For most parents, awakening to the sounds of a child screaming is an alarming occurrence, particularly when attempts to comfort your child are met with an unresponsive expression and flailing limbs. This isn’t a nightmare; it’s a night terror.
While the moments that pass during a night terror may feel long and stressful for a parent, these episodes usually last only a few minutes, afterward your child quickly falls back to sleep, and they will not have any memory of the episode the next morning.
Parents often have questions and concerns about night terrors. Knowing about their causes, consequences, and differences from other unusual sleep behaviors can help parents understand these episodes and how to best care for their child.
Night terrors, also called sleep terrors, are a type of parasomnia, classified as an arousal disorder, that occurs during non-REM (NREM) sleep. They usually occur during the first 3 to 4 hours of the night.
A person experiencing a night terror will suddenly begin to show signs of panic and terror while sleeping such as screaming, flailing, or kicking. This is usually accompanied by other symptoms like rapid heart rate and breathing, flushing of the skin, sweating, dilation of the pupils, and tensing of the muscles.
Although the child may open their eyes and appear to be intensely afraid of someone or something in the room, they are typically not responsive to those who try to wake them or provide comfort. They may even attempt to fight or escape, causing accidental injury to themselves or family members.
Most night terrors last about 10 minutes, but they can continue for 30 to 40 minutes in some children. After the episode, children often fall back into a deep sleep and typically have no memory of the night terror the next morning.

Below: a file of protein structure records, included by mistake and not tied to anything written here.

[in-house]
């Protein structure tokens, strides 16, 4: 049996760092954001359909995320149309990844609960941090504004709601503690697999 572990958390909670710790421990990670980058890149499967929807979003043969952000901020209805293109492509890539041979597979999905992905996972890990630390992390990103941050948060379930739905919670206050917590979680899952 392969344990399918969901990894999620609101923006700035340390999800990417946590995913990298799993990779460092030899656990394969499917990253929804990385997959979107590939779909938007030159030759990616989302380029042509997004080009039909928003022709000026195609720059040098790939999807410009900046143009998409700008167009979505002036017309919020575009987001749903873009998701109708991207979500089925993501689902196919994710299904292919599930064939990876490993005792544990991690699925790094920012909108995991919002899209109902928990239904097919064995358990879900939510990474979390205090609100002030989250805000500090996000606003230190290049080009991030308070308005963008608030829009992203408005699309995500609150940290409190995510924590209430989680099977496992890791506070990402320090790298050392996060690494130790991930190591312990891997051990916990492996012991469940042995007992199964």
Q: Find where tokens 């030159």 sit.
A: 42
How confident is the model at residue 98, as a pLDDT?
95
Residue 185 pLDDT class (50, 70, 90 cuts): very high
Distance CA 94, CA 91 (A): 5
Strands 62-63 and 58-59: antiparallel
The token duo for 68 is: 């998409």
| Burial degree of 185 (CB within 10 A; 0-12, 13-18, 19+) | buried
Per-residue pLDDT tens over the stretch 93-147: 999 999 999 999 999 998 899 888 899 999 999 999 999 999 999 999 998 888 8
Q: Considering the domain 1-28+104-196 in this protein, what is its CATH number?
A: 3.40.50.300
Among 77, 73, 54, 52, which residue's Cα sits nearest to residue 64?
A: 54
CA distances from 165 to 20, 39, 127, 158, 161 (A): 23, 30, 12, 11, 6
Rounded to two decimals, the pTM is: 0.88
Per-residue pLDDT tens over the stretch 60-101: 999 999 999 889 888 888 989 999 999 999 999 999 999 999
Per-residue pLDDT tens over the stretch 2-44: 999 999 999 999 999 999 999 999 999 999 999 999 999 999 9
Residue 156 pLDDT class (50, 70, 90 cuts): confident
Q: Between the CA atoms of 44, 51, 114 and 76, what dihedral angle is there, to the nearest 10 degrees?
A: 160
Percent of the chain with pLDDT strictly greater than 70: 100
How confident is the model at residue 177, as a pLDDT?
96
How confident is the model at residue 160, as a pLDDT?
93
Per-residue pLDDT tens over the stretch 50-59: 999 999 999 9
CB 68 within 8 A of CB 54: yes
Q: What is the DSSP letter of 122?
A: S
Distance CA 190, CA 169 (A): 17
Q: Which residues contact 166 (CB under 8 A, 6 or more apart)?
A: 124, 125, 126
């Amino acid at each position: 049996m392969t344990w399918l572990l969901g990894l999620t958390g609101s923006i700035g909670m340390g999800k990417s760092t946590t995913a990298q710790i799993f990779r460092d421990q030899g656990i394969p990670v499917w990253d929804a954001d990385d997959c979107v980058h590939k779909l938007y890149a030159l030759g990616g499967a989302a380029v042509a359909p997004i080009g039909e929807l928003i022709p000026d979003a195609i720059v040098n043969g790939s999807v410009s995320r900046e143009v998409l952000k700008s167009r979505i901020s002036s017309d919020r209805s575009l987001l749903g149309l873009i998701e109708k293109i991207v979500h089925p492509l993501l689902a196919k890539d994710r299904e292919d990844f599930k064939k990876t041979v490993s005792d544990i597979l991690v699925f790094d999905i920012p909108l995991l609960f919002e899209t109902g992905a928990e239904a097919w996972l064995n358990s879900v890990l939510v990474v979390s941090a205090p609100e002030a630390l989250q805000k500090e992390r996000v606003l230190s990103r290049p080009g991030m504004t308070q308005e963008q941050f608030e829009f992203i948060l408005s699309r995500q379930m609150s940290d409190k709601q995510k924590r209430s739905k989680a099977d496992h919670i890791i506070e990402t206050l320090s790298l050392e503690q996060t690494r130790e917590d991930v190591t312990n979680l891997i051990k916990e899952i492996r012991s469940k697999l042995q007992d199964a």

The frequency of night terrors can be hard to predict. Some children may experience them very rarely while others may have one to two episodes per month.
Nightmares are unpleasant or frightening dreams that cause emotional distress. Unlike night terrors, nightmares usually occur during REM sleep and don’t involve physical or vocal behaviors. It is common to remember the details or feelings of the nightmare and some may even become recurring dreams.
Both nightmares and night terrors begin in childhood. It is estimated that 10% to 50% of children ages 3 to 5 have nightmares that are severe enough to disturb parents or caregivers. While night terrors are considered less common, prevalence rates are not well documented. In general, the prevalence in children has been reported as 1-6.5%. However, one study found up to 40% of children under age 5 experienced night terrors.
Night terrors can affect people of any age but are much more common in young children than in adolescents or adults.